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    The Dialogues of Plato (Bantam Classic) (Paperback) By (author) Plato, Edited by Erich Segal

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    Description"The unexamined life is not worth living." Socrates's ancient words are still true, and the ideas sounded in Plato's "Dialogues" still form the foundation of a thinking person's education. This superb collection contains excellent contemporary translations selected for their clarity and accessibility to today's reader, as well as an incisive introduction by Erich Segal, which reveals Plato's life and clarifies the philosophical issues examined in each dialogue. The first four dialogues recount the trial execution of Socrates--the extraordinary tragedy that changed Plato's life and so altered the course of Western though. Other dialogues create a rich tableau of intellectual life in Athens in the fourth century B.C., and examine the nature of virtue and love, knowledge and truth, society and the individual. Resounding with the humor and astounding brilliance of Socrates, the immortal iconoclast, these great works remain powerful, probing, and essential.


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  • Full bibliographic data for The Dialogues of Plato

    Title
    The Dialogues of Plato
    Authors and contributors
    By (author) Plato, Edited by Erich Segal
    Physical properties
    Format: Paperback
    Number of pages: 342
    Width: 104 mm
    Height: 172 mm
    Thickness: 24 mm
    Weight: 180 g
    Language
    English
    ISBN
    ISBN 13: 9780553213713
    ISBN 10: 0553213717
    Classifications

    Nielsen BookScan Product Class 3: T3.4
    BIC E4L: LIT
    BIC subject category V2: DNF
    B&T Book Type: FI
    LC subject heading:
    B&T Merchandise Category: MMP
    Ingram Theme: APPR/CLASSA
    BISAC V2.8: FIC004000
    Ingram Subject Code: LC
    Libri: I-LC
    B&T General Subject: 500
    LC subject heading:
    Warengruppen-Systematik des deutschen Buchhandels: 25230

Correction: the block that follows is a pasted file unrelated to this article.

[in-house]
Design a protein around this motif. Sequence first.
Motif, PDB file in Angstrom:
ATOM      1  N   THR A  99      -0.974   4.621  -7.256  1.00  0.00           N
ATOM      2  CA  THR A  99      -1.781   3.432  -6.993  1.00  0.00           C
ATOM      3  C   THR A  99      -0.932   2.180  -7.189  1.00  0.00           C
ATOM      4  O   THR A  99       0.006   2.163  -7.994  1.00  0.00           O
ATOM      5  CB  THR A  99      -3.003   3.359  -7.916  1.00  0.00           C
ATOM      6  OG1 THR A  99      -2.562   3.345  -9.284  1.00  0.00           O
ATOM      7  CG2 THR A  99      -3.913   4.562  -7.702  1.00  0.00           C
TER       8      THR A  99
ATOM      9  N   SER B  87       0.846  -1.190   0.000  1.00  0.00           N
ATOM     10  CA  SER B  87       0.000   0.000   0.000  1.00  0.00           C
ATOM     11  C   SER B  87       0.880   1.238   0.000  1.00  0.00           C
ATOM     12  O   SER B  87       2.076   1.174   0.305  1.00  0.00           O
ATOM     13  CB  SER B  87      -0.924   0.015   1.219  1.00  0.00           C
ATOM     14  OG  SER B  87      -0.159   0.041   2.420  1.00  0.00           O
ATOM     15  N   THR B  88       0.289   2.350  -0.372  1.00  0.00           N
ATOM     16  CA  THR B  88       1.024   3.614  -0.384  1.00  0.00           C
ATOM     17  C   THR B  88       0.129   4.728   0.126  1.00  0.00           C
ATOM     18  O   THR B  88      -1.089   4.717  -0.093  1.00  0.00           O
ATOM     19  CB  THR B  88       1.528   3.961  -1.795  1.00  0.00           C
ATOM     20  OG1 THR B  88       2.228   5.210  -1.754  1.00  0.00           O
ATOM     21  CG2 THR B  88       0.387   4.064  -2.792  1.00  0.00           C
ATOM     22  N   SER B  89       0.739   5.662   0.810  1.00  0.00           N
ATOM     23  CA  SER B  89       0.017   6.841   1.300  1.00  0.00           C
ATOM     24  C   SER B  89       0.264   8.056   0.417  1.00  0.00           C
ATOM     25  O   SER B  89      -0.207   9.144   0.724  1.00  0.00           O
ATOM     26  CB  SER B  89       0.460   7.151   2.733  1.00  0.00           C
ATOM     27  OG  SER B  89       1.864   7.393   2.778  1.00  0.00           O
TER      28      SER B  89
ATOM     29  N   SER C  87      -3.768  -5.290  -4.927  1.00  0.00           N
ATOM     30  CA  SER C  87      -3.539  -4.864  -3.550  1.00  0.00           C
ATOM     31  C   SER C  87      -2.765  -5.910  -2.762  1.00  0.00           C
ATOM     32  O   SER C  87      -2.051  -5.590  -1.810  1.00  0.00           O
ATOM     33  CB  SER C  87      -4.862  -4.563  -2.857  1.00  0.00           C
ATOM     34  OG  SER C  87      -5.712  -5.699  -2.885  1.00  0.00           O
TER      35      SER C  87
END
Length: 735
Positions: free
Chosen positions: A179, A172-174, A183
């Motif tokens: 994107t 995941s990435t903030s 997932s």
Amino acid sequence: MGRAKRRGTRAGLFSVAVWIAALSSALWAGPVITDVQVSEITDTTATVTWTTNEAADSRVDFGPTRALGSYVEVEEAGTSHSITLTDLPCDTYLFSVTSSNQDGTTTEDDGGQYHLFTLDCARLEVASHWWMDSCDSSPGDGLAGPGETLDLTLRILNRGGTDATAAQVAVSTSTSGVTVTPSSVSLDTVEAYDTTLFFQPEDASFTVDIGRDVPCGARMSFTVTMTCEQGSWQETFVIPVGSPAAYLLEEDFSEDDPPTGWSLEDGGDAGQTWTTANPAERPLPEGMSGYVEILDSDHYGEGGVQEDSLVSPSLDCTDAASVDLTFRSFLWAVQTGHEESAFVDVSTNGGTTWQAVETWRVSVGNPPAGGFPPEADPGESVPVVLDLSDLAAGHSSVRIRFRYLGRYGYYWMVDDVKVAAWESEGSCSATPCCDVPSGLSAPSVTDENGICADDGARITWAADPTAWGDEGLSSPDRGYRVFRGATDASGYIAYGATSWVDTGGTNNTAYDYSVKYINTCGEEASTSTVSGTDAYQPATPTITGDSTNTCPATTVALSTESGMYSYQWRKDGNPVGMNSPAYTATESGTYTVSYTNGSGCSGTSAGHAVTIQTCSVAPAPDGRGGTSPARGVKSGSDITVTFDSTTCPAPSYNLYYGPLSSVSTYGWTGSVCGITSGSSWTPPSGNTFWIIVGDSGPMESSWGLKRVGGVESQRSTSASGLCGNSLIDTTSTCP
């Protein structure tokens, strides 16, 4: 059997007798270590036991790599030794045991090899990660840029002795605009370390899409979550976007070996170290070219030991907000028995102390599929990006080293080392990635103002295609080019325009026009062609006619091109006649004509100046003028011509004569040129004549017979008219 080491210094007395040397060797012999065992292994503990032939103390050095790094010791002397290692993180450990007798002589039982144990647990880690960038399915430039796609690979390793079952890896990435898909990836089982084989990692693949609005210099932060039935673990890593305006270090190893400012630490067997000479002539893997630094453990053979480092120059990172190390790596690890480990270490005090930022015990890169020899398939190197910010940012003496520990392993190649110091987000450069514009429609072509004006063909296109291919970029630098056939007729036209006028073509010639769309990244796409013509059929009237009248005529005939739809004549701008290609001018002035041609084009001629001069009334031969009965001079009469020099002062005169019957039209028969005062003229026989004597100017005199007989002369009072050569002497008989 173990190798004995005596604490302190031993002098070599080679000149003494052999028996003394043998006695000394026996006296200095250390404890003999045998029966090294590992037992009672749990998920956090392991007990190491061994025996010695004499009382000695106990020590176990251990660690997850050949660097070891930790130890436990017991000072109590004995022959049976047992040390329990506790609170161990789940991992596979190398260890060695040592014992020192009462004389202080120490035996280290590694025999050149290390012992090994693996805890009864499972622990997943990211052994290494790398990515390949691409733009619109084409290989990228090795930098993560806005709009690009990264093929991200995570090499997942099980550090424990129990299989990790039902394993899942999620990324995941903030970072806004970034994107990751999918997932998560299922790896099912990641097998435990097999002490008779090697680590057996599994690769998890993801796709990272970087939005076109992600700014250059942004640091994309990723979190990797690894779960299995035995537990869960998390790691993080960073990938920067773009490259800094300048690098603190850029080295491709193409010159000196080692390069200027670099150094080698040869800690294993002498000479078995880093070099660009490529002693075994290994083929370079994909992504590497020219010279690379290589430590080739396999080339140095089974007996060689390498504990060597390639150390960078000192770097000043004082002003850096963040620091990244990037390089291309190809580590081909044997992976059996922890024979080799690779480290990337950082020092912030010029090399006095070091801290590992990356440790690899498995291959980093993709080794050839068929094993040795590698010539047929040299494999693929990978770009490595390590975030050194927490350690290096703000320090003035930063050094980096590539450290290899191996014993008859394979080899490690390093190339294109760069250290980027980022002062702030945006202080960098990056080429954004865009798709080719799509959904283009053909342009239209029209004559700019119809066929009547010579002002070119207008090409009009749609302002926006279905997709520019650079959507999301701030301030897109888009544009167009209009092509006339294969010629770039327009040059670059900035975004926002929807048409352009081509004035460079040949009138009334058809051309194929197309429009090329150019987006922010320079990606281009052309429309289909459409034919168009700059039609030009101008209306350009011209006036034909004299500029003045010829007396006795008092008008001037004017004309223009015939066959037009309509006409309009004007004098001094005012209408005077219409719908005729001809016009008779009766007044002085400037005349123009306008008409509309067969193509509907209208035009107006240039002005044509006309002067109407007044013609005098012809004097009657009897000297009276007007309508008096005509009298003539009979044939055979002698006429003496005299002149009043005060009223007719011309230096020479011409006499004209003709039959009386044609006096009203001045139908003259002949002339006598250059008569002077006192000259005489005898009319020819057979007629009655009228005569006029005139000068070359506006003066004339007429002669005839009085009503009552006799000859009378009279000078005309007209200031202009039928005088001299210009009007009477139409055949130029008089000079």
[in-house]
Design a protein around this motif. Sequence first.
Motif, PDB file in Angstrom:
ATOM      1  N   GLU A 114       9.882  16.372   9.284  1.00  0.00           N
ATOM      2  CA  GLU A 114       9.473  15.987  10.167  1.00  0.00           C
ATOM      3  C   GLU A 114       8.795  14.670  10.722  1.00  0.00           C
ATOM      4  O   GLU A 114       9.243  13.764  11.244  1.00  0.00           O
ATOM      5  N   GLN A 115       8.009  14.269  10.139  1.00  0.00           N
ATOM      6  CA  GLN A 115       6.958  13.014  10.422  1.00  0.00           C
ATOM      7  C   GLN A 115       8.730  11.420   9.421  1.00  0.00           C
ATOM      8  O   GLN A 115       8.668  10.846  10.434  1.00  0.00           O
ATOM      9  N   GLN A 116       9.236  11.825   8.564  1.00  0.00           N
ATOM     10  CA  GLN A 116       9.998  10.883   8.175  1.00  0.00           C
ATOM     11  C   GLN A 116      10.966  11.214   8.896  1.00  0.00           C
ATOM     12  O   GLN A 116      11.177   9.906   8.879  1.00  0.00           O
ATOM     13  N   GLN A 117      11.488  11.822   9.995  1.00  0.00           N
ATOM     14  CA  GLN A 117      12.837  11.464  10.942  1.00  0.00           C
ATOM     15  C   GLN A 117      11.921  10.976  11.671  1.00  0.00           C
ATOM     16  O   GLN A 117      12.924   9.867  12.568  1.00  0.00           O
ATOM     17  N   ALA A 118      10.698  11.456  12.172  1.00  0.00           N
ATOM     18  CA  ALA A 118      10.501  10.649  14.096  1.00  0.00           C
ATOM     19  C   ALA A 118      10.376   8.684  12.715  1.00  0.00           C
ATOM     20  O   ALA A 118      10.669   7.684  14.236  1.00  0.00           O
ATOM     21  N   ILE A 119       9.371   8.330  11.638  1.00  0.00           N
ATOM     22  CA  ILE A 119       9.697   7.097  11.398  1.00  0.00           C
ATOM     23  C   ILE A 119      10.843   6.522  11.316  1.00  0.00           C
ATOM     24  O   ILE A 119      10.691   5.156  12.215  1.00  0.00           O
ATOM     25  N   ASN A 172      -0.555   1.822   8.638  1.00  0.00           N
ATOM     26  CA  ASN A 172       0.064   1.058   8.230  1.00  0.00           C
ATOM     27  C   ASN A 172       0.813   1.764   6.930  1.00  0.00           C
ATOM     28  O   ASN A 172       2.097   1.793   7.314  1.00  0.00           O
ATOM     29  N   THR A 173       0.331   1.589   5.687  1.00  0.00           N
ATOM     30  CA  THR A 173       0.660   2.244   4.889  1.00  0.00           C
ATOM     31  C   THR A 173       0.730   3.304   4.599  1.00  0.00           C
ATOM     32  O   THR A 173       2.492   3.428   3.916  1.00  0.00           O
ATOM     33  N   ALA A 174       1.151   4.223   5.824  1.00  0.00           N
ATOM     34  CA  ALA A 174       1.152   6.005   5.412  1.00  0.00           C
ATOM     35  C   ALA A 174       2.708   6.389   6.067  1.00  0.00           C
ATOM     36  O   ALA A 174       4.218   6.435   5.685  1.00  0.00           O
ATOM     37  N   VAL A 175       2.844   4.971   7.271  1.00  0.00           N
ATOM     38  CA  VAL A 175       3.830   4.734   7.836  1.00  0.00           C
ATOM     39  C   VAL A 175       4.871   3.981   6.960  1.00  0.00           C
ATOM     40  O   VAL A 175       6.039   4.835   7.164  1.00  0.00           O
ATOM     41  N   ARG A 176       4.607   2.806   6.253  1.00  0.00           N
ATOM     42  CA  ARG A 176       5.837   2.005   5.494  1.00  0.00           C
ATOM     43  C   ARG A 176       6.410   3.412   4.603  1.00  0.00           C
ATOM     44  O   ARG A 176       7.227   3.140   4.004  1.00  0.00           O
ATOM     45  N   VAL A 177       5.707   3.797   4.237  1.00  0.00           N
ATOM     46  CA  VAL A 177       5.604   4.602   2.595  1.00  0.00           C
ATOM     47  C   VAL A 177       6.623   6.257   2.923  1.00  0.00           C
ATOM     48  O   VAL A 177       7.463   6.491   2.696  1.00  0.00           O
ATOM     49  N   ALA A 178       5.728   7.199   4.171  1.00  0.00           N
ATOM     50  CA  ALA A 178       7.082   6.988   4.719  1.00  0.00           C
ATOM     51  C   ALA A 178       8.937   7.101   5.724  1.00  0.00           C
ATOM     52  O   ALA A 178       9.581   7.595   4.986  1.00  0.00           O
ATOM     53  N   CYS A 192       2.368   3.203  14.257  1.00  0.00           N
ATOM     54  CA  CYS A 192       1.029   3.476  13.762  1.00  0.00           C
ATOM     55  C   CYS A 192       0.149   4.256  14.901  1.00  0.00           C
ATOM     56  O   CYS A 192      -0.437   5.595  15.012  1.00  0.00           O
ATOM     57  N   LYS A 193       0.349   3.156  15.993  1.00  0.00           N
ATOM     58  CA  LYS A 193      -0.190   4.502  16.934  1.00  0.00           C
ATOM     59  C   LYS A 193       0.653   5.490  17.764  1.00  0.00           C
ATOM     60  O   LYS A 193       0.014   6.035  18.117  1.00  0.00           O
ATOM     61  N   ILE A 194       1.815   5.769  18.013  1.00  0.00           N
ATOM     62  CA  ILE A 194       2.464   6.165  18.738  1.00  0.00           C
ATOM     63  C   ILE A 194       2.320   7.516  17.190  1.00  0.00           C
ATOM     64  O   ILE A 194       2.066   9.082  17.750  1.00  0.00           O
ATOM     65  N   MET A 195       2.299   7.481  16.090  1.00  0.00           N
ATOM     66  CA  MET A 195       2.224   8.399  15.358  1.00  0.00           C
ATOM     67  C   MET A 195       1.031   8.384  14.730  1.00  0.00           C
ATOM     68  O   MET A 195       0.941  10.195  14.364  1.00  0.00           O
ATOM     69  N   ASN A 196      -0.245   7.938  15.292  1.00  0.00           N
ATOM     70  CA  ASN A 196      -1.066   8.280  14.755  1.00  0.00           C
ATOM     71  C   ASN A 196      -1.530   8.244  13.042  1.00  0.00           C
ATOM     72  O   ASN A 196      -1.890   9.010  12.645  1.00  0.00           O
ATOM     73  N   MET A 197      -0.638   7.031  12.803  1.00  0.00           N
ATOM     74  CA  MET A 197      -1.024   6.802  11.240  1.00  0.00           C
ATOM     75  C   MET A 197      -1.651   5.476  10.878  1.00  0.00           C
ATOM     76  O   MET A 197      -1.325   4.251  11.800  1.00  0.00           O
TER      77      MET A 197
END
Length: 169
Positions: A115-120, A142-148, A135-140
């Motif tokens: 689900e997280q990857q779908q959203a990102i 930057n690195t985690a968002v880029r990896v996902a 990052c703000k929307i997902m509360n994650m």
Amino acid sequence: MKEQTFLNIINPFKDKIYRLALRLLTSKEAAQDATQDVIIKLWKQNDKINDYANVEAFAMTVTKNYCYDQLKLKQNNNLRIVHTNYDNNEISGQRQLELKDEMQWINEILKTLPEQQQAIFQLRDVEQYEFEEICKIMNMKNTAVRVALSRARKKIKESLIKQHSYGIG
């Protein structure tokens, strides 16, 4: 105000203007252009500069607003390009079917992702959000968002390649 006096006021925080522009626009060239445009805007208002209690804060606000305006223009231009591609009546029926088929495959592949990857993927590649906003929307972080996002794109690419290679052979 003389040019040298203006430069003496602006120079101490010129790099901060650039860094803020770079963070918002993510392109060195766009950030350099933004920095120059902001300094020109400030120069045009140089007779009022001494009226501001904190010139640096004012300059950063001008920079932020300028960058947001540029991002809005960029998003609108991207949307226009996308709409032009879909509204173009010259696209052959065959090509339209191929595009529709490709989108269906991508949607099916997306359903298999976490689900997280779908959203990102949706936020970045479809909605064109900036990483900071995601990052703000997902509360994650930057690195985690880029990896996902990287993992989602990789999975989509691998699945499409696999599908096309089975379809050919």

DC22: 184
    DC21: 184
    BISAC V2.8: PHI002000
    Abridged Dewey: 184
    LC classification: B358 .A44 1986
    Thema V1.0: DNL
    Edition statement
    Reissue
    Publisher
    Bantam Doubleday Dell Publishing Group Inc
    Imprint name
    Bantam USA
    Publication date
    01 October 1994
    Publication City/Country
    New York
    Author Information
    Plato, with Socrates and Aristotle, is the founder of the Western intellectual tradition. Like his mentor Socrates, he was essentially a practical philosopher who found the abstract theory and visionary schemes of many contemporary thinkers misguided and sterile. He was born about 429 B.C. in Athens, the son of a prominent family that had long been involved in the city's politics. Extremely little survives of the history of Plato's youth, but he was raised in the shadow of the great Peloponnesian War, and its influence must have caused him to reject the political career open to him and to become a follower of the brilliantly unorthodox Socrates, the self-proclaimed "gadfly" of Athens. Socrates' death in 399 B.C. turned Plato forever from politics, and in the next decade he wrote his first dialogues, among them Apology and Euthyphro. At age forty, Plato visited Italy and Syracuse, and upon his return he founded the Academy-Europe's first university-in a sacred park on the outskirts of Athens. The Academy survived for a millennium, finally closed by the emperor Justinian in A.D. 529. Plato hoped his school would train its pupils to carry out a life of service and to investigate questions of science and mathematics. Plato's old age was probably devoted to teaching and writing, he died in Athens in 348 B.C.
    Flap copy
    "The unexamined life is not worth living." Socrates's ancient words are still true, and the ideas sounded in Plato's "Dialogues still form the foundation of a thinking person's education. This superb collection contains excellent contemporary translations selected for their clarity and accessibility to today's reader, as well as an incisive introduction by Erich Segal, which reveals Plato's life and clarifies the philosophical issues examined in each dialogue. The first four dialogues recount the trial execution of Socrates--the extraordinary tragedy that changed Plato's life and so altered the course of Western though. Other dialogues create a rich tableau of intellectual life in Athens in the fourth century B.C., and examine the nature of virtue and love, knowledge and truth, society and the individual. Resounding with the humor and astounding brilliance of Socrates, the immortal iconoclast, these great works remain powerful, probing, and essential.